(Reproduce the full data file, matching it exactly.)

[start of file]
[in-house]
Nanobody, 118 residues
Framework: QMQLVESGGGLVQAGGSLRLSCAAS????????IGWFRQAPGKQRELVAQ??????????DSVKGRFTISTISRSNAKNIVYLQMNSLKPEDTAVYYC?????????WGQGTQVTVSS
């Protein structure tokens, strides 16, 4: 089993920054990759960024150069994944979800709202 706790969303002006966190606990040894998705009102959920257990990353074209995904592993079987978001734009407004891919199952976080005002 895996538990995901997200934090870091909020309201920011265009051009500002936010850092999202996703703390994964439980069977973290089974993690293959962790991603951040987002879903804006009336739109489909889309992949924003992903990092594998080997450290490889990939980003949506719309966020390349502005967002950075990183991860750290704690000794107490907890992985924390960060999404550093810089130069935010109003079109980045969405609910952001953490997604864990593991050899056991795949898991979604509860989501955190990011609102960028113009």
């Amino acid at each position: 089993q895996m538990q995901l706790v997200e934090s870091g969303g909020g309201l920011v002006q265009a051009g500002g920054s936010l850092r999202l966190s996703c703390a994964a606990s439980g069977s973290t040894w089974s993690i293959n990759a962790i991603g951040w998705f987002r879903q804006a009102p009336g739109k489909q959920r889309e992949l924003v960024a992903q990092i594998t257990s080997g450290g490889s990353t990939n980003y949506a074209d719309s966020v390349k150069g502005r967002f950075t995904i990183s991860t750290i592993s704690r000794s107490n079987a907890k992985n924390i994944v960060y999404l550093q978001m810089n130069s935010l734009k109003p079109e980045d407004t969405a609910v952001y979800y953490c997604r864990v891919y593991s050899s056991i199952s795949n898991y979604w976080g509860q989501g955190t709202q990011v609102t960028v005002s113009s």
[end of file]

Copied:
[in-house]
Nanobody, 118 residues
Framework: QMQLVESGGGLVQAGGSLRLSCAAS????????IGWFRQAPGKQRELVAQ??????????DSVKGRFTISTISRSNAKNIVYLQMNSLKPEDTAVYYC?????????WGQGTQVTVSS
């Protein structure tokens, strides 16, 4: 089993920054990759960024150069994944979800709202 706790969303002006966190606990040894998705009102959920257990990353074209995904592993079987978001734009407004891919199952976080005002 895996538990995901997200934090870091909020309201920011265009051009500002936010850092999202996703703390994964439980069977973290089974993690293959962790991603951040987002879903804006009336739109489909889309992949924003992903990092594998080997450290490889990939980003949506719309966020390349502005967002950075990183991860750290704690000794107490907890992985924390960060999404550093810089130069935010109003079109980045969405609910952001953490997604864990593991050899056991795949898991979604509860989501955190990011609102960028113009």
């Amino acid at each position: 089993q895996m538990q995901l706790v997200e934090s870091g969303g909020g309201l920011v002006q265009a051009g500002g920054s936010l850092r999202l966190s996703c703390a994964a606990s439980g069977s973290t040894w089974s993690i293959n990759a962790i991603g951040w998705f987002r879903q804006a009102p009336g739109k489909q959920r889309e992949l924003v960024a992903q990092i594998t257990s080997g450290g490889s990353t990939n980003y949506a074209d719309s966020v390349k150069g502005r967002f950075t995904i990183s991860t750290i592993s704690r000794s107490n079987a907890k992985n924390i994944v960060y999404l550093q978001m810089n130069s935010l734009k109003p079109e980045d407004t969405a609910v952001y979800y953490c997604r864990v891919y593991s050899s056991i199952s795949n898991y979604w976080g509860q989501g955190t709202q990011v609102t960028v005002s113009s």